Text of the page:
Sheen and Flatness

by Tanner

Once you get color, pattern, and texture, you can start worrying about sheen. Don’t worry though, this is advanced stuff and I’m addressing it more for the sake of information than instruction. However, if you feel like you’re ready for it, by all means start adding some variety.

In a similar vein to texture, different materials reflect light differently. These reflections are called the sheen and each material has a different sheen to it.

silk scarf wool suit

For the most part, a shinier material (one with more sheen) is considered to be more formal and also more dandyish, while those that are more dull are considered more casual and rugged. For example, you have very different mental images when you think of silk or tweed.

You will want to combine flat materials and shiny materials the same way you combine varying patterns or textures. It adds visual variety and will keep you from looking too uniform. For example, if you’re wearing a winter-weight wool suit you will want to pair it with a silk tie and/or square to give it some visual balance. This is the same reason you shine your shoes as most dress pants are made of materials that have a more matte appearance – it’s why suede shoes look more casual.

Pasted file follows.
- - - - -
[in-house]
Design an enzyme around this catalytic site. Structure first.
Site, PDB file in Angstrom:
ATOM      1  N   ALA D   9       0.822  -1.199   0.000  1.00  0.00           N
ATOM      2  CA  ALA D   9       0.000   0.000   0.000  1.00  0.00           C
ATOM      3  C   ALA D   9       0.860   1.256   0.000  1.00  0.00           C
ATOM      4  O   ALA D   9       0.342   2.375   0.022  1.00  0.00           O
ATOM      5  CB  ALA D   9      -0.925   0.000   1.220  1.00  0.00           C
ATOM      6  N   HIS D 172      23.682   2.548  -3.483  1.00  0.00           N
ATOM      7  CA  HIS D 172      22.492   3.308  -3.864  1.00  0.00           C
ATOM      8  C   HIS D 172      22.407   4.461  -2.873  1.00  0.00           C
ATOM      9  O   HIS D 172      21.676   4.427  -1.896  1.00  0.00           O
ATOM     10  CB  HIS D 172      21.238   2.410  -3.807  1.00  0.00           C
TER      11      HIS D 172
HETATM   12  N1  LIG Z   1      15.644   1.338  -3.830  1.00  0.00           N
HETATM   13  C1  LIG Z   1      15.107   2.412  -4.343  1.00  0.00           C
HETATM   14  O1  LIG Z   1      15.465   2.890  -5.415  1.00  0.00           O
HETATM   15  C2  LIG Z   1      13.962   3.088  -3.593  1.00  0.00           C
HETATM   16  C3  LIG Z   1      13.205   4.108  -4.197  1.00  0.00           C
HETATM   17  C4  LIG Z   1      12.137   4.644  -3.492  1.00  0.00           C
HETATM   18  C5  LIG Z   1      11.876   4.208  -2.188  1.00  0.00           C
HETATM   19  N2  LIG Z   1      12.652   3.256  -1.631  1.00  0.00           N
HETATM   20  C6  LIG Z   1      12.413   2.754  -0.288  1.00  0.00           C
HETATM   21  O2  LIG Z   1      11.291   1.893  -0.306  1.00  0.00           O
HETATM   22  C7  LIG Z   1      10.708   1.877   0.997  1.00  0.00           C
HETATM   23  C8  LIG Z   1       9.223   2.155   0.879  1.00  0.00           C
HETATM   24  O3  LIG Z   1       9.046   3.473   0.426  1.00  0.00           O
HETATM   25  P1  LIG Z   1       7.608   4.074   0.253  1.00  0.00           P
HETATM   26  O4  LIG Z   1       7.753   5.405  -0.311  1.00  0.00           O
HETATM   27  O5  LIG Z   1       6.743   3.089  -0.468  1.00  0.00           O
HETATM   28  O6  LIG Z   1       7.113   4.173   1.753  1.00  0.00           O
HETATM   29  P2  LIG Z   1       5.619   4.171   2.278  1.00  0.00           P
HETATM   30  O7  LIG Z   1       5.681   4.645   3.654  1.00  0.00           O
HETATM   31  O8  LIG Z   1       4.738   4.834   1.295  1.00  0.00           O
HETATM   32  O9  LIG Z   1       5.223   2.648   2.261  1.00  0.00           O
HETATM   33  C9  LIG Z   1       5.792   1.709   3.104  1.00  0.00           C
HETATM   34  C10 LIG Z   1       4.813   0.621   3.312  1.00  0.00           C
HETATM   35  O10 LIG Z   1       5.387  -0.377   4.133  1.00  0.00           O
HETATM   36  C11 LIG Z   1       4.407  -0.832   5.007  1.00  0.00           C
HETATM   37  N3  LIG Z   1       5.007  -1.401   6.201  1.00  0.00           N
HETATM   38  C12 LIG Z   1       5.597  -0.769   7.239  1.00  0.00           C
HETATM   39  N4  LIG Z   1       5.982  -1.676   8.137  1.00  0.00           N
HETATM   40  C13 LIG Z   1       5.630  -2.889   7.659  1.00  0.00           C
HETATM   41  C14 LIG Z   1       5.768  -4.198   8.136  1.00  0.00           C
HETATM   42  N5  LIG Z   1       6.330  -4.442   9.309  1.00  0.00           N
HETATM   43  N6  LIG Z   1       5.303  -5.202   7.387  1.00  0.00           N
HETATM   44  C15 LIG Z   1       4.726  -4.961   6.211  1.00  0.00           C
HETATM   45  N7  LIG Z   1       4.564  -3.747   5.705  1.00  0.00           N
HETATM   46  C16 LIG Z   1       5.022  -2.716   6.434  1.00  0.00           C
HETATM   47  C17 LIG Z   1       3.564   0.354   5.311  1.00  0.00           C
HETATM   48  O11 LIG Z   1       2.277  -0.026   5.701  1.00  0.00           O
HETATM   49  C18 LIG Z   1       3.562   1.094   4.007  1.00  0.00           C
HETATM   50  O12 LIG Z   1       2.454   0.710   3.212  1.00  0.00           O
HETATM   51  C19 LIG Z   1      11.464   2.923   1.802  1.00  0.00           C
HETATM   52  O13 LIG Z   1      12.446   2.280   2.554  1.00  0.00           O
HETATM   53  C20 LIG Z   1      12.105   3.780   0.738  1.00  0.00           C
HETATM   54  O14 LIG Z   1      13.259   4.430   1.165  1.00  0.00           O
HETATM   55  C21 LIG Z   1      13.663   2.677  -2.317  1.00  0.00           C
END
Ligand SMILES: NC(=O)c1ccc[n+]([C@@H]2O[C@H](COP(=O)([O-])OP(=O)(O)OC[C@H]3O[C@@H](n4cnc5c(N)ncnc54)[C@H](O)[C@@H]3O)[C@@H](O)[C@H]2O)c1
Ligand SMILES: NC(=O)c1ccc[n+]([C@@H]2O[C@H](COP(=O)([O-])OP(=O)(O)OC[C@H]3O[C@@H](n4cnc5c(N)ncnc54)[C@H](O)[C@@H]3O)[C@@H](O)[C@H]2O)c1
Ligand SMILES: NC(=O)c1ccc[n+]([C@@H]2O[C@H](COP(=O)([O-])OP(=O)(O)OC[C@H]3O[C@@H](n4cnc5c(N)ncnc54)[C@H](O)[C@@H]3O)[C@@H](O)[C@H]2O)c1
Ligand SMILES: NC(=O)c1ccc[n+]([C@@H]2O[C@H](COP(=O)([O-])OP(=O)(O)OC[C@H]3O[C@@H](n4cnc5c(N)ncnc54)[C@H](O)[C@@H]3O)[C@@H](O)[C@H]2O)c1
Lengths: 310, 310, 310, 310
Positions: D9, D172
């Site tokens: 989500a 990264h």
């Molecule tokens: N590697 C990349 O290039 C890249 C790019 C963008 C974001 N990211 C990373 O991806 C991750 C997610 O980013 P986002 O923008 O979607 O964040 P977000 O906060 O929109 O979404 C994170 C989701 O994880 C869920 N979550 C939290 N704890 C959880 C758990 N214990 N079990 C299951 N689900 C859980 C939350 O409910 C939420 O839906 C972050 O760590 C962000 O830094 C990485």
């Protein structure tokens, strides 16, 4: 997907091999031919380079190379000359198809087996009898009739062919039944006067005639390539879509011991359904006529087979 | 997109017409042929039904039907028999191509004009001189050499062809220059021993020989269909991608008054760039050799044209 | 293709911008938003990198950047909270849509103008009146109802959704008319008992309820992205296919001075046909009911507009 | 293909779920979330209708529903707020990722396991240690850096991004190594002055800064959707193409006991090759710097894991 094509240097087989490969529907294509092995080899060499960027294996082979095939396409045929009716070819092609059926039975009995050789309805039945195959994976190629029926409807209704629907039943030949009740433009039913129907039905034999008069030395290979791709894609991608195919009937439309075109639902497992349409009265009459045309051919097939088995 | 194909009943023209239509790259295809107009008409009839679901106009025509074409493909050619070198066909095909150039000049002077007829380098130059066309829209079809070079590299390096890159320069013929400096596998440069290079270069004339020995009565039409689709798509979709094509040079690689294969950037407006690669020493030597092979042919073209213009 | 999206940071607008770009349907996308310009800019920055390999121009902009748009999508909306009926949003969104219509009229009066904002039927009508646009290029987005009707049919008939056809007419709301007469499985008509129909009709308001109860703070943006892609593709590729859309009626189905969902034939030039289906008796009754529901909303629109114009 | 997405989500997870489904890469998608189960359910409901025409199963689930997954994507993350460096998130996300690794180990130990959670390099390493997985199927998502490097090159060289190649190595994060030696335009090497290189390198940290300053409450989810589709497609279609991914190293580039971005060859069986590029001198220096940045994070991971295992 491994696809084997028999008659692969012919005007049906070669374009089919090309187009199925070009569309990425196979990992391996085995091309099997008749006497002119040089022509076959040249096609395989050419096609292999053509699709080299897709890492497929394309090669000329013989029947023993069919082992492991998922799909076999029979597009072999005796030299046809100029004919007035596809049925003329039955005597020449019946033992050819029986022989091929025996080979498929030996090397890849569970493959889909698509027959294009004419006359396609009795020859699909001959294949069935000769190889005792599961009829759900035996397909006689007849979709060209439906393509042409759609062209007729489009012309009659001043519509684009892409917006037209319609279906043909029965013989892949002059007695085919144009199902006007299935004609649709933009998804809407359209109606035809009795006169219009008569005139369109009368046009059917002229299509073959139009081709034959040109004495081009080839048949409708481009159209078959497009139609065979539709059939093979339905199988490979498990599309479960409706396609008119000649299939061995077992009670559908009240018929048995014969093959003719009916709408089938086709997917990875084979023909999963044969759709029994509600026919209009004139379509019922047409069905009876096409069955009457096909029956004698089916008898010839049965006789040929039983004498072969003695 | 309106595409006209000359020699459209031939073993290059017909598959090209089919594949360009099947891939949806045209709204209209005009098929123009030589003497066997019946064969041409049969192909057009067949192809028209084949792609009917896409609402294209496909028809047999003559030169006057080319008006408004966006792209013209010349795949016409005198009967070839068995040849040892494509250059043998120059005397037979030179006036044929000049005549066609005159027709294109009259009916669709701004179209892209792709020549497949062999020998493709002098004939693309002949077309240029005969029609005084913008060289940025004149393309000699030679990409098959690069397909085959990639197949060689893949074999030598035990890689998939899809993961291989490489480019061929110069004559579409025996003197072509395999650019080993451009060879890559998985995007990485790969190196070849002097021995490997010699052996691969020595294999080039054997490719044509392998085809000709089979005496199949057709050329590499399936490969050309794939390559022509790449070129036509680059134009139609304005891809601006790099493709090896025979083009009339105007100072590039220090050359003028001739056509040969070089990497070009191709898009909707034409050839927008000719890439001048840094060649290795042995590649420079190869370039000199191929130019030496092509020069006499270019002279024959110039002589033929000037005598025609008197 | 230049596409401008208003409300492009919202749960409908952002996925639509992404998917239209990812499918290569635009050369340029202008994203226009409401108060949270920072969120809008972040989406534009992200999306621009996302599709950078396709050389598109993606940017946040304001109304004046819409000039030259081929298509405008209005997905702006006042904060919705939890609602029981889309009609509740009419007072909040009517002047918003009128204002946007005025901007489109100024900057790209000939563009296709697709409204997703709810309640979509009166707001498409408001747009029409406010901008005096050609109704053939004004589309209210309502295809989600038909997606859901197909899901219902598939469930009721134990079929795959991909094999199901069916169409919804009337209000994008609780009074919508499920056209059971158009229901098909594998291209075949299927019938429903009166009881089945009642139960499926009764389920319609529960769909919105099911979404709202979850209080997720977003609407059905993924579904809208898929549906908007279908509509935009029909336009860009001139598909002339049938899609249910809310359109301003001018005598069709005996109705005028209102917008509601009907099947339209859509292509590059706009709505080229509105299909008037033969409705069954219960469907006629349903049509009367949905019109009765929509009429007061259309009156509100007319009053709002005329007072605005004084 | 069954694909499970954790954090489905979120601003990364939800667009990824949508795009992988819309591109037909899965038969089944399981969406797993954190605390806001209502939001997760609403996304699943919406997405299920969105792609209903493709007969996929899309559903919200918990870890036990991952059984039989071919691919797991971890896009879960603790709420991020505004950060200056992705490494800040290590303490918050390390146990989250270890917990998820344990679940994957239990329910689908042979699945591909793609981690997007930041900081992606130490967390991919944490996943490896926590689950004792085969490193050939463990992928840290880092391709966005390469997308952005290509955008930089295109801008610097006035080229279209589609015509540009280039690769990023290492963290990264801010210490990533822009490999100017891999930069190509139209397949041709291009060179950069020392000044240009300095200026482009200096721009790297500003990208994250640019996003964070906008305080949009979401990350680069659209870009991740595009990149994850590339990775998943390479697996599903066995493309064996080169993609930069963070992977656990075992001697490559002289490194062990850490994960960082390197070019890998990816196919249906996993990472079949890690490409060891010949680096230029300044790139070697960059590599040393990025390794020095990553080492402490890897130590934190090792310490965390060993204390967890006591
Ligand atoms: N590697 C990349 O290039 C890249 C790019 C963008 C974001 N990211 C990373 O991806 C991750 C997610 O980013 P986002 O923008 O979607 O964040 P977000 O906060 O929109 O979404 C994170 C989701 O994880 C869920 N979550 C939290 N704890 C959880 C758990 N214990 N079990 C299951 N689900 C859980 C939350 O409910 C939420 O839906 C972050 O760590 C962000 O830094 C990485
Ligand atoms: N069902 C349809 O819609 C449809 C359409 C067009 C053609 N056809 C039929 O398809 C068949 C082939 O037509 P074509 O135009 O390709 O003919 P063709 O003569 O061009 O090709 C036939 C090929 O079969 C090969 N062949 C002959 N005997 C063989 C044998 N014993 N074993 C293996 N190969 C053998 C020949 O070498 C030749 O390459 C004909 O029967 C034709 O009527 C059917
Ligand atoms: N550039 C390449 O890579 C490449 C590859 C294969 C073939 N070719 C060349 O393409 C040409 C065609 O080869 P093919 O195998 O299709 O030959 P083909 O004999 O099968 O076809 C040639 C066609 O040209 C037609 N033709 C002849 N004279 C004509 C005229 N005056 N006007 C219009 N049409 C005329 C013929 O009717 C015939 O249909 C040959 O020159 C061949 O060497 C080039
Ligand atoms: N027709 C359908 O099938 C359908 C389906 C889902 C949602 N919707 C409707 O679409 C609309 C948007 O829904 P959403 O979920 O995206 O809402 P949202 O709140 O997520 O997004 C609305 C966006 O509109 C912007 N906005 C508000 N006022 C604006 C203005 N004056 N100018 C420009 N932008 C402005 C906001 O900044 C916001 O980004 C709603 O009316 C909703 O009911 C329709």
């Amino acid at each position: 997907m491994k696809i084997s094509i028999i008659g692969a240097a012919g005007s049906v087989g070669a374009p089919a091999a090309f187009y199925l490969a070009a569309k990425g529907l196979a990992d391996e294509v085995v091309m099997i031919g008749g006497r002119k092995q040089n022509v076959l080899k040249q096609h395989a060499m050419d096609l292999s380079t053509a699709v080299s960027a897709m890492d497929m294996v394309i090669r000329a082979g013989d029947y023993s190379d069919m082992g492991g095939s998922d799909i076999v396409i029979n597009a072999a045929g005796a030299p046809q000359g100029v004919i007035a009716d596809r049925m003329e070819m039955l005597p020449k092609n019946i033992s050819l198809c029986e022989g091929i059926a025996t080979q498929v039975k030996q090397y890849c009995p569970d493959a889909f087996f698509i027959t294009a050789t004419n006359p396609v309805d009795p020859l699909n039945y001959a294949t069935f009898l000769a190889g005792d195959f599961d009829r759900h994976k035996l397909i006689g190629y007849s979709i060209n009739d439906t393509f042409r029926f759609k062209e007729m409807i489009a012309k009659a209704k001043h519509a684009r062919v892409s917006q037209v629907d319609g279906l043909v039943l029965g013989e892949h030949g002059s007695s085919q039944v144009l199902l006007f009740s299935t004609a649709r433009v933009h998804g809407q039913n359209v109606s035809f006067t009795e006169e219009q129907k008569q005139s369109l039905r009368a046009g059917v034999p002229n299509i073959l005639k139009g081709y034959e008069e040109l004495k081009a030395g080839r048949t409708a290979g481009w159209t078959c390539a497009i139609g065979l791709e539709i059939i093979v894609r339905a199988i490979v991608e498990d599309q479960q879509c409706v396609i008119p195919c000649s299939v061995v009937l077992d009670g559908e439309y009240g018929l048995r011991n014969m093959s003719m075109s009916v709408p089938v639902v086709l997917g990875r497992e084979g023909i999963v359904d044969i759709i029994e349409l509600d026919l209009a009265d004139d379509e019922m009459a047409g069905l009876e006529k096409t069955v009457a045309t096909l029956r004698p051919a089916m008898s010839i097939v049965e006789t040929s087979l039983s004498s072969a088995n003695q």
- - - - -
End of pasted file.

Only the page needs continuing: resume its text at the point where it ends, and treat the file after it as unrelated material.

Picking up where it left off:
shined shoes wool trousers

Keep in mind that this is for business or after-dark use only. Shinier materials (especially in larger quantities) are more refined. From a masculine perspective they connote a sense of abundant safety. Silk is a luxury material and it’s not made for practical purposes.

So for those of you in the business world, consider adding some variation to your wardrobe by purchasing some silk squares or even a silk scarf. It’ll give you some visual variety and a new challenge in dressing better.

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